What Is Mail and Wire Fraud?
Mail and wire fraud are essentially treated the same under the law—both require/involve a scheme to intentionally defraud another. Whether one is applicable depends, generally, upon whether the scheme at issue is perpetuated through the mail or through a wire transfer.
Notably, the scheme to defraud does not have to primarily use mail or wire to complete the fraud; the use of mail or wire at any point during the scheme may be sufficient to charge a defendant under the statutes.
Elements of Mail and Wire Fraud Offenses
For a defendant to be found guilty of mail or wire fraud, the following three elements must all be proven beyond a reasonable doubt:
- The use of a scheme to defraud by using false promises or misrepresentations
- The use of mail or wire, radio, or television communication in furtherance of that scheme
- The intention to defraud another of money, property, or honest services
Use of mail is not limited to the United States Postal Service (USPS). Private couriers such as UPS or FedEx also can be used to satisfy mail fraud, as long as the courier operates interstate.
What Is the Necessary Intent?
Intent is a critical part of mail and wire fraud. Because mail and wire fraud are specific intent crimes, the government must prove that the defendant intended to:
- Defraud or deceive through use of a fraudulent scheme;
- Participate in the scheme knowing it was fraudulent; and
- Harm the victim through use of the fraudulent scheme.
Importantly, it does not matter whether the defendant intended to use mail or wire, only that the defendant should have reasonably foreseen such use. For example, if a victim sends mail or wire to the defendant as a result of the scheme, the defendant may be found responsible.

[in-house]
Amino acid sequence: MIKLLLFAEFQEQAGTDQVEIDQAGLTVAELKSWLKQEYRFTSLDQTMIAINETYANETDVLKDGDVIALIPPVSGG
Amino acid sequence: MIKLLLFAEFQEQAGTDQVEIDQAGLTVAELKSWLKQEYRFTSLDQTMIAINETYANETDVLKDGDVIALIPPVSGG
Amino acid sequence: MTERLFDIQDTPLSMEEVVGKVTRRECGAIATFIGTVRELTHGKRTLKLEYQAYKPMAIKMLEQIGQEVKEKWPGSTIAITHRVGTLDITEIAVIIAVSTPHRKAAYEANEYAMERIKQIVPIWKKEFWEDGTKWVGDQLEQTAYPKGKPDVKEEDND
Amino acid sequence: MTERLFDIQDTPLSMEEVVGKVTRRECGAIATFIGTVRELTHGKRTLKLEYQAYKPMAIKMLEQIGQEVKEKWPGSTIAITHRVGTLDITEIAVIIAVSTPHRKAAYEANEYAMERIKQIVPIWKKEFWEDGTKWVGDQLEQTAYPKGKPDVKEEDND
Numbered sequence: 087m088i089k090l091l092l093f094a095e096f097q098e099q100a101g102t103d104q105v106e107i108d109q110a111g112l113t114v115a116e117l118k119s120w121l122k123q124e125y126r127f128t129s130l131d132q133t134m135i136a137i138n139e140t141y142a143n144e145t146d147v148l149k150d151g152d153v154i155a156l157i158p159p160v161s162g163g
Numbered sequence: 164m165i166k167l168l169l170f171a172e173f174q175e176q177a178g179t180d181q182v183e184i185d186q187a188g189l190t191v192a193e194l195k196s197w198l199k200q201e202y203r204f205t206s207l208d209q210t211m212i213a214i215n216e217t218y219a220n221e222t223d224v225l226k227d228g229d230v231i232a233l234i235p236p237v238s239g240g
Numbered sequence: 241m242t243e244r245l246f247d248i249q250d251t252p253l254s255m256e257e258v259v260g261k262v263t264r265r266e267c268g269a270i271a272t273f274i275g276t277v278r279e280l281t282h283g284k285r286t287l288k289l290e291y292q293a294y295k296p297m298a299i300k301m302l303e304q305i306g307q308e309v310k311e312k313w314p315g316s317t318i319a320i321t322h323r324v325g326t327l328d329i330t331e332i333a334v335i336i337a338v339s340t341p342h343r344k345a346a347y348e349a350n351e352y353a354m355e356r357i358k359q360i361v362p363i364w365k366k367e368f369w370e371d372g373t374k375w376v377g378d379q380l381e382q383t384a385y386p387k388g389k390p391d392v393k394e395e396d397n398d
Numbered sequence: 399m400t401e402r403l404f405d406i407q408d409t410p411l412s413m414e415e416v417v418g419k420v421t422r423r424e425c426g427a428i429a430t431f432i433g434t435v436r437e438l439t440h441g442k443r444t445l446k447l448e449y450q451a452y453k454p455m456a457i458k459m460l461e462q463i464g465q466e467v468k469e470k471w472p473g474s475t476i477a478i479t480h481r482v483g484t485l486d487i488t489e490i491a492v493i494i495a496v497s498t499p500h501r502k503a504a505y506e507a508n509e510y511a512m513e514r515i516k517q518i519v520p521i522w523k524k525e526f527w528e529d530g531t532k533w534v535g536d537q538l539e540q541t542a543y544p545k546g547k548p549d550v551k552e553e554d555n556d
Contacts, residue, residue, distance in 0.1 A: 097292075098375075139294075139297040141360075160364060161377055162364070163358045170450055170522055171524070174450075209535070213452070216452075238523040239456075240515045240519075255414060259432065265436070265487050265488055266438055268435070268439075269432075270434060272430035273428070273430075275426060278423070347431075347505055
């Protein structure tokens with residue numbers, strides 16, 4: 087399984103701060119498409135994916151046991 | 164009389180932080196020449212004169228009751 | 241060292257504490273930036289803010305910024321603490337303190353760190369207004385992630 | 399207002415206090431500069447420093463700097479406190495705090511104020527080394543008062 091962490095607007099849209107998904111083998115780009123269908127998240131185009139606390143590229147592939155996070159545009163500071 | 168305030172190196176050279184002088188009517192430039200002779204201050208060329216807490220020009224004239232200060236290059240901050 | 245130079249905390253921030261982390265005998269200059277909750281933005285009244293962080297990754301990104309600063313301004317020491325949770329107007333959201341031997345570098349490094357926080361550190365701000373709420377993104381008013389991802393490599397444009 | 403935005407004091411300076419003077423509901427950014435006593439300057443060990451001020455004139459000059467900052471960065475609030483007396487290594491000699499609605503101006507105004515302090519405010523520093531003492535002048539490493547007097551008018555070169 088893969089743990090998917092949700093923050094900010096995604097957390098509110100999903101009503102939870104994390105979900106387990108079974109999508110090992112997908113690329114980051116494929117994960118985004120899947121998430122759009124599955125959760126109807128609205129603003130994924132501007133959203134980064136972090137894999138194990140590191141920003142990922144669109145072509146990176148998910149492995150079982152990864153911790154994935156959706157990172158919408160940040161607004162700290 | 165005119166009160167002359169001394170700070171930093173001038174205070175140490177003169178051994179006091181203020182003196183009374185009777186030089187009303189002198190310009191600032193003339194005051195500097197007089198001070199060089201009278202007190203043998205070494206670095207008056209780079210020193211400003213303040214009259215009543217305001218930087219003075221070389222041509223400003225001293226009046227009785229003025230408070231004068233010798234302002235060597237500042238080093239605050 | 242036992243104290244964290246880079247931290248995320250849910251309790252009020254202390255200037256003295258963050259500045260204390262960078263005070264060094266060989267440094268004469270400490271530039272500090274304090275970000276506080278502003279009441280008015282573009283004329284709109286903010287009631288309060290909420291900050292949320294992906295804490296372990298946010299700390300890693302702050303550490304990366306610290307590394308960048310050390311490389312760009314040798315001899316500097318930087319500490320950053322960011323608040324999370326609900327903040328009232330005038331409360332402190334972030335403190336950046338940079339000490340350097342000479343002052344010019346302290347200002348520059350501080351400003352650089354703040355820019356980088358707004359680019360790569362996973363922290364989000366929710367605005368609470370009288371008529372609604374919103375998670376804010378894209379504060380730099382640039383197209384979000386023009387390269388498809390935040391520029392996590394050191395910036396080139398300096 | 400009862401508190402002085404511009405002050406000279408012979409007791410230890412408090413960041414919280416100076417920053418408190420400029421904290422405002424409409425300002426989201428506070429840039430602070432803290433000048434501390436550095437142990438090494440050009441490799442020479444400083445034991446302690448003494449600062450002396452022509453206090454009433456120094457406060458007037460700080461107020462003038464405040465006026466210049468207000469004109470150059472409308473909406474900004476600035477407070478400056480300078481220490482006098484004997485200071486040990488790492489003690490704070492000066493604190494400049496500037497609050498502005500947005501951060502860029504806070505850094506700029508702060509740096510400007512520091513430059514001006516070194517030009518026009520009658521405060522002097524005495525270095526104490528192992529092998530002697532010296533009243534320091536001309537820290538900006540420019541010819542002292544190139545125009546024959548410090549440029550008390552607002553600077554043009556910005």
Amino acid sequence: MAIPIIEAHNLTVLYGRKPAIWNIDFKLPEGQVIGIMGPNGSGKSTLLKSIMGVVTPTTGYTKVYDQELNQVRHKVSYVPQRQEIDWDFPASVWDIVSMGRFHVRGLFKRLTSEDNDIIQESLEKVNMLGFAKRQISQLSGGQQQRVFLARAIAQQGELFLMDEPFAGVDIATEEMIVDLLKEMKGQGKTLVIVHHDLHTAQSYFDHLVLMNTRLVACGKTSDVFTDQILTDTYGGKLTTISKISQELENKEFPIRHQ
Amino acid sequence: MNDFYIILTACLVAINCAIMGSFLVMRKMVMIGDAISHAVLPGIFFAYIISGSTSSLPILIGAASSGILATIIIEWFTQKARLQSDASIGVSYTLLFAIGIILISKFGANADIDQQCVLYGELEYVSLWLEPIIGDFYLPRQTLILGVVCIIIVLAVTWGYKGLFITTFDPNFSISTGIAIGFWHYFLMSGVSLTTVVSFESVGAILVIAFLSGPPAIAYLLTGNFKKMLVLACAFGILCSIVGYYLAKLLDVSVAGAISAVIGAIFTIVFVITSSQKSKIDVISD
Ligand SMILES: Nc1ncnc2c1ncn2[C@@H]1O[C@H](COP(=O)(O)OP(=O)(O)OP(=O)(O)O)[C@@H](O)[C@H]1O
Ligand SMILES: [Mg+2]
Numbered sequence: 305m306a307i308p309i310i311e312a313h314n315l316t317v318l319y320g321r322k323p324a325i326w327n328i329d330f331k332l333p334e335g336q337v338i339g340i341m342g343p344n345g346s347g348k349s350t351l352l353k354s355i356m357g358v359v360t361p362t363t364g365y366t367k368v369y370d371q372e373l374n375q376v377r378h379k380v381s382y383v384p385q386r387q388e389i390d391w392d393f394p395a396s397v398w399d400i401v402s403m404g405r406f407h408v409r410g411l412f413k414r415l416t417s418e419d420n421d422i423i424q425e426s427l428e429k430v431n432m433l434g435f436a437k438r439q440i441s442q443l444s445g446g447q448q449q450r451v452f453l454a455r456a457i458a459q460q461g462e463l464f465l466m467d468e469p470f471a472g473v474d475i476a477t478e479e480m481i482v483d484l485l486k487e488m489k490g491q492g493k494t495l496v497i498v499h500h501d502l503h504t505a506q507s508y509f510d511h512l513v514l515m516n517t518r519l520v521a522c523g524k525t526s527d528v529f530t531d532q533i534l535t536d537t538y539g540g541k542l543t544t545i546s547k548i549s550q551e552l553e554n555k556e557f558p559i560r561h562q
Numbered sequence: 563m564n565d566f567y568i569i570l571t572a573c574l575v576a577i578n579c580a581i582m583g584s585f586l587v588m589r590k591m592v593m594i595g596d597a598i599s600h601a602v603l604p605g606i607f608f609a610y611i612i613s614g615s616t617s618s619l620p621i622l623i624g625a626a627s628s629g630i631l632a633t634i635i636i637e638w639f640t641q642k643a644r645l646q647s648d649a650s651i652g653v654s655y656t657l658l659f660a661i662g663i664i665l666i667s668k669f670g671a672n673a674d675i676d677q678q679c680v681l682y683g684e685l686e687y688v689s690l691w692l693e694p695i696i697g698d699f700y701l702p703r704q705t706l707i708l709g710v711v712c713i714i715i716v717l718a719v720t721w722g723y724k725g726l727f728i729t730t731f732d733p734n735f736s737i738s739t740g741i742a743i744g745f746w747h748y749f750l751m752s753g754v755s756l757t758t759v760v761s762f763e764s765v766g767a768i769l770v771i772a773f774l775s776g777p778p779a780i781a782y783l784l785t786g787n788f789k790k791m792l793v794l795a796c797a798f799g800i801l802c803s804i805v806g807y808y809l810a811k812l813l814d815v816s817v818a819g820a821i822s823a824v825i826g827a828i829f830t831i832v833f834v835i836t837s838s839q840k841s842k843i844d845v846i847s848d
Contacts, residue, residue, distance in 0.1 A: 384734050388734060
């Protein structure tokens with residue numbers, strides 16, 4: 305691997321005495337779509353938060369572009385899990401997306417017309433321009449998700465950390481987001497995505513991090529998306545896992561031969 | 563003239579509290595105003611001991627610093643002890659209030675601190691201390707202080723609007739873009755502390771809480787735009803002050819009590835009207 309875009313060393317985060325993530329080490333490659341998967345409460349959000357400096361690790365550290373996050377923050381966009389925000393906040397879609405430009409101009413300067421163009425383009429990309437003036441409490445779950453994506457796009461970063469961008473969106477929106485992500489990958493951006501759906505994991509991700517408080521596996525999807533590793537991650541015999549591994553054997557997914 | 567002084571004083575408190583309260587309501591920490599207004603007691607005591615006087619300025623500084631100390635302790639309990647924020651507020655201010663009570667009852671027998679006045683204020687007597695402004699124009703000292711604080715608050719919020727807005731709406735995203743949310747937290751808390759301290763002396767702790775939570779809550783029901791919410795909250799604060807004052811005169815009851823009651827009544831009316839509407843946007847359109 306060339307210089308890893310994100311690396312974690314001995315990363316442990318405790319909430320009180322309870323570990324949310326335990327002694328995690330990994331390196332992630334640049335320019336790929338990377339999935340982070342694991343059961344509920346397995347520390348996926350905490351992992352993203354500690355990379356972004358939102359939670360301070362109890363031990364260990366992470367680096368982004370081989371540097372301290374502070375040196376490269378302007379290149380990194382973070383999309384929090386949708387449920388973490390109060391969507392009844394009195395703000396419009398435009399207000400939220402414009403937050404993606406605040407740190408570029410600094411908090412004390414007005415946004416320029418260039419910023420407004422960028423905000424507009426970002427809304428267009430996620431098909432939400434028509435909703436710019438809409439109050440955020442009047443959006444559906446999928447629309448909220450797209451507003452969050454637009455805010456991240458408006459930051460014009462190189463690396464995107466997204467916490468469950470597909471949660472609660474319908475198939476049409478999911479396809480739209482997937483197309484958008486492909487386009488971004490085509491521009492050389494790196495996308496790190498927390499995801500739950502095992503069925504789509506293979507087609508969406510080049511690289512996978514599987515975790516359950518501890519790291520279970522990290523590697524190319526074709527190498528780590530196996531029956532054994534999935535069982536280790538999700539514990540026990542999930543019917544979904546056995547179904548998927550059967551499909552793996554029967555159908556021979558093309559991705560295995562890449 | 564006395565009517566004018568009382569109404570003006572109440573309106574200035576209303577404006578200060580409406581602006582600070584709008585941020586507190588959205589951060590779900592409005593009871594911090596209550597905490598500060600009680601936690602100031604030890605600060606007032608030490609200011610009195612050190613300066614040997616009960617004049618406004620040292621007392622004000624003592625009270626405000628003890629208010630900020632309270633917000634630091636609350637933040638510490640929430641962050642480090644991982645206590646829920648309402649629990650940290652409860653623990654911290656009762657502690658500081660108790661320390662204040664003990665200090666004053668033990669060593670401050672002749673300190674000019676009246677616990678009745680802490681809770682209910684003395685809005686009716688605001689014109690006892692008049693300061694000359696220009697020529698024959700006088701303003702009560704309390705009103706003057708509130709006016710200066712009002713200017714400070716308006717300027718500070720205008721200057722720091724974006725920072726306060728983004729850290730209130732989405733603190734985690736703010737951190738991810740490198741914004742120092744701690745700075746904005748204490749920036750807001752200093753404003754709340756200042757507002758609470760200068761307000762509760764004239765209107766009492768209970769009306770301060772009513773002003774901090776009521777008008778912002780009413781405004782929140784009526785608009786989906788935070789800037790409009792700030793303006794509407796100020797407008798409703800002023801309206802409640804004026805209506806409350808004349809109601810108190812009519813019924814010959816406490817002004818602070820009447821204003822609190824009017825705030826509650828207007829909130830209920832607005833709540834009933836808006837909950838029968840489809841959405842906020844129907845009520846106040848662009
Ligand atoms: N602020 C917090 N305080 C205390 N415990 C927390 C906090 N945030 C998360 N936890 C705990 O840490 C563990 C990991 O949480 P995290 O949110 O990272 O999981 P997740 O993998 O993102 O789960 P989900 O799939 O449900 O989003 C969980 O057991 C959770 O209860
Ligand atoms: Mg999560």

Withdrawing from Mail and Wire Fraud
Federal courts in Texas allow defendants to prove that they withdrew from the scheme as an affirmative defense. To prove a withdrawal defense, the defendant must show that he or she (1) acted in a way contrary to the scheme’s objective and (2) communicated a withdrawal from the scheme to the co-schemers.
If a defendant can establish a withdrawal defense, he or she will not be liable for the mail or wire fraud charge, even if the scheme was ultimately completed by the co-schemers.
Penalties for Mail and Wire Fraud
The maximum sentence for mail and wire fraud charges is 20 years imprisonment and a fine of not more than $250,000 for individuals and $500,000 for organizations. However, under the alternative fine provision, the fine can be up to twice the amount of gain or loss for the victim, even if that number exceeds the $250,000 or $500,000 maximum. Furthermore, courts can impose consecutive sentences for multiple mail and wire fraud charges.
Accused of tax evasion, wire fraud, conspiracy, or a RICO crime? Contact us as soon as possible to discuss your rights and the ways we can assist in your defense. We handle all types of cases, including complex international tax fraud allegations. Schedule a consultation or call (214) 984-3000 to discuss your allegations and investigations concerns.